Michael Levi, an energy expert at the Council on Foreign Relations, did what so many news media outlets have proven unable or unwilling to do, and actually scrutinized API's numbers. He concluded that they are "unrealistic":
The numbers that Perry and Romney are offering for job creation in the energy sector are unrealistic. They assume that they will be reversing deeply anti-industry Obama policies that don't actually exist (which is not to say that the Obama policies have no flaws), ignore real constraints at the state level, and don't fully account for market dynamics. Five hundred thousand is a reasonable upper limit for the number of jobs that a new policy might create by 2030, of which 130,000 or so might actually be in oil and gas. Taking into account market dynamics could lower those numbers further.
The Washington Post also recently reported that that "only a third of the 1.4 million positions created would go to people working directly for the petroleum industry." API's job creation estimate includes "a seldom-used category known as 'induced jobs' that API says covers everything from valets to day-care providers, from librarians to rocket scientists," according to the Post. The article added that energy economist Philip Verleger said "The API is the best there is at lying with statistics."
Yet according to a Nexis search, several news outlets simply repeated Rick Perry's claim that his energy plan could produce more than one million jobs.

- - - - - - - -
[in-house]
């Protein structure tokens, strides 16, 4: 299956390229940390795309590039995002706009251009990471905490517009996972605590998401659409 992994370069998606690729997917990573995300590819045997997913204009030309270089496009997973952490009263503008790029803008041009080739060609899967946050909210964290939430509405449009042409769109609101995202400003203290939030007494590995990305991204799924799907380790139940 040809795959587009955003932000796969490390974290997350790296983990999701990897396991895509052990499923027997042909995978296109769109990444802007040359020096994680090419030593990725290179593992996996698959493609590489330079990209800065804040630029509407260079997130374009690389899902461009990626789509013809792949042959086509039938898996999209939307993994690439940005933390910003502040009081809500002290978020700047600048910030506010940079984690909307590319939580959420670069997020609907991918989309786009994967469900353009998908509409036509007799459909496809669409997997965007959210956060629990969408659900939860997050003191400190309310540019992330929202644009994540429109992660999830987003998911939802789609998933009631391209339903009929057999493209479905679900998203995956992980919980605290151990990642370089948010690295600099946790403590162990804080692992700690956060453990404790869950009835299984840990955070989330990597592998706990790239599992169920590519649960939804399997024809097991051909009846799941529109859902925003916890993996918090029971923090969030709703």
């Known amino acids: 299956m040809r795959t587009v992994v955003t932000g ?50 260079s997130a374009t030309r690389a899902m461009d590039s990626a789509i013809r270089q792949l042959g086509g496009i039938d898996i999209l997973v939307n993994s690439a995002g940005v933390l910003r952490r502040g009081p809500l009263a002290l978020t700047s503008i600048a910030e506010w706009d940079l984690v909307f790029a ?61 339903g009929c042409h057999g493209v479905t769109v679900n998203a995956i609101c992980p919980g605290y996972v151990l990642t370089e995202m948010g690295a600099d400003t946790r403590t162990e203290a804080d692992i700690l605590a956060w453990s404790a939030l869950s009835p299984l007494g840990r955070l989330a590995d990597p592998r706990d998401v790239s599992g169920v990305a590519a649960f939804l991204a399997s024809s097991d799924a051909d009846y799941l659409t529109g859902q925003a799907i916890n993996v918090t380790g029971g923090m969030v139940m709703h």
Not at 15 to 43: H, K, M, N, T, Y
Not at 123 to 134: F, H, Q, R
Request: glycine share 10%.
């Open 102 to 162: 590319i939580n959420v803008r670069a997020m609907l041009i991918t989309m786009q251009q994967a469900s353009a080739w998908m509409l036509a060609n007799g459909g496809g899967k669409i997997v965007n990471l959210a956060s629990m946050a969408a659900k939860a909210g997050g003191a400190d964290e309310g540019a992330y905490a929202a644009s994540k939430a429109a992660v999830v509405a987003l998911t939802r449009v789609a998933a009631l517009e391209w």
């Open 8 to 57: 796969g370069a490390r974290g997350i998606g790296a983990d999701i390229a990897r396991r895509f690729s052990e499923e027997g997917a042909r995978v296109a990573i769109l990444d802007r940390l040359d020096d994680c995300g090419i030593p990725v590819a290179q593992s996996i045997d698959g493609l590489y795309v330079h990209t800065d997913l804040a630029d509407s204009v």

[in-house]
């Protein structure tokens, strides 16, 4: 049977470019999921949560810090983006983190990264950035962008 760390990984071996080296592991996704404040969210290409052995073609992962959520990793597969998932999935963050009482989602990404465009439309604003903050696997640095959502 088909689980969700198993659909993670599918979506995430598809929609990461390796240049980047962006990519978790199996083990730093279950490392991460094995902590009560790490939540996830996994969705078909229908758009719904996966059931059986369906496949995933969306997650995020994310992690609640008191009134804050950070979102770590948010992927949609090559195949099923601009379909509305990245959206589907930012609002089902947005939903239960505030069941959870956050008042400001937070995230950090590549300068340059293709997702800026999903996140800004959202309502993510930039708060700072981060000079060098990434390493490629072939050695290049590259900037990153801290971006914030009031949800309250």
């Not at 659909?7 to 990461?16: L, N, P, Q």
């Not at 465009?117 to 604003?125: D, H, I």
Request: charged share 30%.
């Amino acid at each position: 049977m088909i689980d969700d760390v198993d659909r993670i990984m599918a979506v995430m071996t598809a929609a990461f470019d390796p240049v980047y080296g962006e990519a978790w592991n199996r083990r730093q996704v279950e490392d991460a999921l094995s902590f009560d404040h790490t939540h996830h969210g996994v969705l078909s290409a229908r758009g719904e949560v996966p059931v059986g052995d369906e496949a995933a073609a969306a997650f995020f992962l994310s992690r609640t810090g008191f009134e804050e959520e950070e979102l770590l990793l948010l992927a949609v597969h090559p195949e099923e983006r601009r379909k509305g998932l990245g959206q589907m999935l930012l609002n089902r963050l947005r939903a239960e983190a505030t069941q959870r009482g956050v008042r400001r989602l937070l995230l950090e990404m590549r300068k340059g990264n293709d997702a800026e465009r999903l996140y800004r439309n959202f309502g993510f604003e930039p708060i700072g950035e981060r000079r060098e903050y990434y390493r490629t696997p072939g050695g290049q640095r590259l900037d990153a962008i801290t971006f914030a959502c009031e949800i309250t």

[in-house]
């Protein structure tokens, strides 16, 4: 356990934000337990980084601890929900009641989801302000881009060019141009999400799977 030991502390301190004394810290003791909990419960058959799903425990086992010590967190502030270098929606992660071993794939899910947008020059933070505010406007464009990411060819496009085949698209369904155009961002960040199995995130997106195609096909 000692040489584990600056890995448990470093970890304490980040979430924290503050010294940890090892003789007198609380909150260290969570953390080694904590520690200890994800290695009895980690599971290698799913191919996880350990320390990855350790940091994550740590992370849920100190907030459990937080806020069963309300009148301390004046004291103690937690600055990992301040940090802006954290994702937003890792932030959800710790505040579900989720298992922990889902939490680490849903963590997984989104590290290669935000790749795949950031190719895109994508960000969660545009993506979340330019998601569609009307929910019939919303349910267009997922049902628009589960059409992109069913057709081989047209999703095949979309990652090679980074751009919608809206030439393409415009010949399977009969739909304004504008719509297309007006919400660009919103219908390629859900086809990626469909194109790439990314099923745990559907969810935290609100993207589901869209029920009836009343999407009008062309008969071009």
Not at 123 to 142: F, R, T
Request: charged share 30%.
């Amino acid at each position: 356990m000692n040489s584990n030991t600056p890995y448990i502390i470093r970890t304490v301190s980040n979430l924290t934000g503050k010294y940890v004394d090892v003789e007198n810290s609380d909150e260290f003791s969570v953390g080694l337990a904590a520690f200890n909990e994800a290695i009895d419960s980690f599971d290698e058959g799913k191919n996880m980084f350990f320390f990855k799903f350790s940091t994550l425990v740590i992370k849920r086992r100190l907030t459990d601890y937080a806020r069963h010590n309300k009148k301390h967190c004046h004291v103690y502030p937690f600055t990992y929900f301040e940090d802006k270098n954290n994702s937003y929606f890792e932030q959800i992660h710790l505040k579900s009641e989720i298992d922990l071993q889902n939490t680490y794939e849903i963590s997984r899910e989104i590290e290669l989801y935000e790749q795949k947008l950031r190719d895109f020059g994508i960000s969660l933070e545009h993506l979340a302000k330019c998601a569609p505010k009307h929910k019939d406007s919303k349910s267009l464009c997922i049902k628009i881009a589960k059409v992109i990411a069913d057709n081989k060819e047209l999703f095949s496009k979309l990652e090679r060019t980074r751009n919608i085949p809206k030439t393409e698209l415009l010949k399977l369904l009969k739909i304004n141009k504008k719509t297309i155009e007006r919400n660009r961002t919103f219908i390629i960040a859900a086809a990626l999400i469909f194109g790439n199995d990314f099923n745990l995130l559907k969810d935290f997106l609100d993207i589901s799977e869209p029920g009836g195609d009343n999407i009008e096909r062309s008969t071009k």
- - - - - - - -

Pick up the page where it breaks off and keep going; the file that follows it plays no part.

During an appearance in New York Thursday night, Wall Street Journal managing editor Robert Thomson said that former Wall Street Journal Europe publisher Andrew Langhoff did "the honorable thing" by resigning.
During a panel discussion at the City University of New York Graduate School of Journalism -- which included Bloomberg BusinessWeek chairman Norman Pearlstine and Stephen Adler, editor-in-chief of Reuters -- Thomson was asked about recent News Corp. troubles.
Among the issues is the resignation of Langhoff, who stepped down this week following concerns over two articles published about a company with contractual links to the paper's circulation department.
In addition, The Guardian broke more information about the situation, reporting:
The Guardian found evidence that the Journal had been channelling money through European companies in order to secretly buy thousands of copies of its own paper at a knock-down rate, misleading readers and advertisers about the Journal's true circulation.
The bizarre scheme included a formal, written contract in which the Journal persuaded one company to co-operate by agreeing to publish articles that promoted its activities, a move which led some staff to accuse the paper's management of violating journalistic ethics and jeopardising its treasured reputation for editorial quality.
Responding to questions from panel moderator Stephen B. Shepard, dean of the graduate school, Thomson prefaced his statement by saying that "because it's the subject of legal things, one has to be careful about what words one uses."
"But there was the perception of pressure," said Thomson, adding, "The lesson of it is that no matter how far-flung -- and this was a supplement for The Wall Street Journal Europe -- there has to be a very clear line between church and state. That line simply cannot be breached, and creating a circumstance where even the appearance of a breach can take place is unacceptable. And so ... Langhoff did the honorable thing and resigned."
Thomson said that the situation surrounding Langhoff's resignation was "clearly" related to "a circulation agreement which involved bulk sales on the Continent." But he argued that "it's pretty fair to say The Wall Street Journal Europe is not the only newspaper with bulk sales on the Continent."
"But there has to be transparency," added Thomson. "There has to be ... contractual transparency, and there certainly has to be transparency for the reader -- that you cannot pay for play."